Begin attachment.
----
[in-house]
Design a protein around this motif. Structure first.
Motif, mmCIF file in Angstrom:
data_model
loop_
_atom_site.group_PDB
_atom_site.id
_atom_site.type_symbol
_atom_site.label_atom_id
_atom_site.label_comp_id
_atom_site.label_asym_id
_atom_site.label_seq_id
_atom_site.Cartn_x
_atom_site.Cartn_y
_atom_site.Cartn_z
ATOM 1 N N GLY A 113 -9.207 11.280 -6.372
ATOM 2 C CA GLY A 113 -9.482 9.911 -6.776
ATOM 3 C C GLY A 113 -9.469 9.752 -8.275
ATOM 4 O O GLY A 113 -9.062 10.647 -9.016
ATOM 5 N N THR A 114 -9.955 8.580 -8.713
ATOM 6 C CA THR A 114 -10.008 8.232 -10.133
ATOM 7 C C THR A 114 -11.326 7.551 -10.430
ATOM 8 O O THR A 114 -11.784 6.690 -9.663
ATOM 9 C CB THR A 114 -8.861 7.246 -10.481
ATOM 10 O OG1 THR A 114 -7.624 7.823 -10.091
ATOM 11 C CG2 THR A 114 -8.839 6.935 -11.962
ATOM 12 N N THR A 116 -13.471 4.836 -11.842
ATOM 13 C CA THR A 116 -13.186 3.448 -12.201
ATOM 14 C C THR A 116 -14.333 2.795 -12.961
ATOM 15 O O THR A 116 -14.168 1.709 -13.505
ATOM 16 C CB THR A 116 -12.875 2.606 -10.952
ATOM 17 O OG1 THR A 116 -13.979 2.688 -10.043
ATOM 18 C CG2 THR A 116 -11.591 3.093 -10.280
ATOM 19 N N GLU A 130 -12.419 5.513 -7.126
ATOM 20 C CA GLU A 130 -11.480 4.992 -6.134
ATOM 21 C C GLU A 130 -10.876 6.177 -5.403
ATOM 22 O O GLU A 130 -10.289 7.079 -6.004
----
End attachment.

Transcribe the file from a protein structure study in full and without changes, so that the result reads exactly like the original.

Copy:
[in-house]
Design a protein around this motif. Structure first.
Motif, mmCIF file in Angstrom:
data_model
loop_
_atom_site.group_PDB
_atom_site.id
_atom_site.type_symbol
_atom_site.label_atom_id
_atom_site.label_comp_id
_atom_site.label_asym_id
_atom_site.label_seq_id
_atom_site.Cartn_x
_atom_site.Cartn_y
_atom_site.Cartn_z
ATOM 1 N N GLY A 113 -9.207 11.280 -6.372
ATOM 2 C CA GLY A 113 -9.482 9.911 -6.776
ATOM 3 C C GLY A 113 -9.469 9.752 -8.275
ATOM 4 O O GLY A 113 -9.062 10.647 -9.016
ATOM 5 N N THR A 114 -9.955 8.580 -8.713
ATOM 6 C CA THR A 114 -10.008 8.232 -10.133
ATOM 7 C C THR A 114 -11.326 7.551 -10.430
ATOM 8 O O THR A 114 -11.784 6.690 -9.663
ATOM 9 C CB THR A 114 -8.861 7.246 -10.481
ATOM 10 O OG1 THR A 114 -7.624 7.823 -10.091
ATOM 11 C CG2 THR A 114 -8.839 6.935 -11.962
ATOM 12 N N THR A 116 -13.471 4.836 -11.842
ATOM 13 C CA THR A 116 -13.186 3.448 -12.201
ATOM 14 C C THR A 116 -14.333 2.795 -12.961
ATOM 15 O O THR A 116 -14.168 1.709 -13.505
ATOM 16 C CB THR A 116 -12.875 2.606 -10.952
ATOM 17 O OG1 THR A 116 -13.979 2.688 -10.043
ATOM 18 C CG2 THR A 116 -11.591 3.093 -10.280
ATOM 19 N N GLU A 130 -12.419 5.513 -7.126
ATOM 20 C CA GLU A 130 -11.480 4.992 -6.134
ATOM 21 C C GLU A 130 -10.876 6.177 -5.403
ATOM 22 O O GLU A 130 -10.289 7.079 -6.004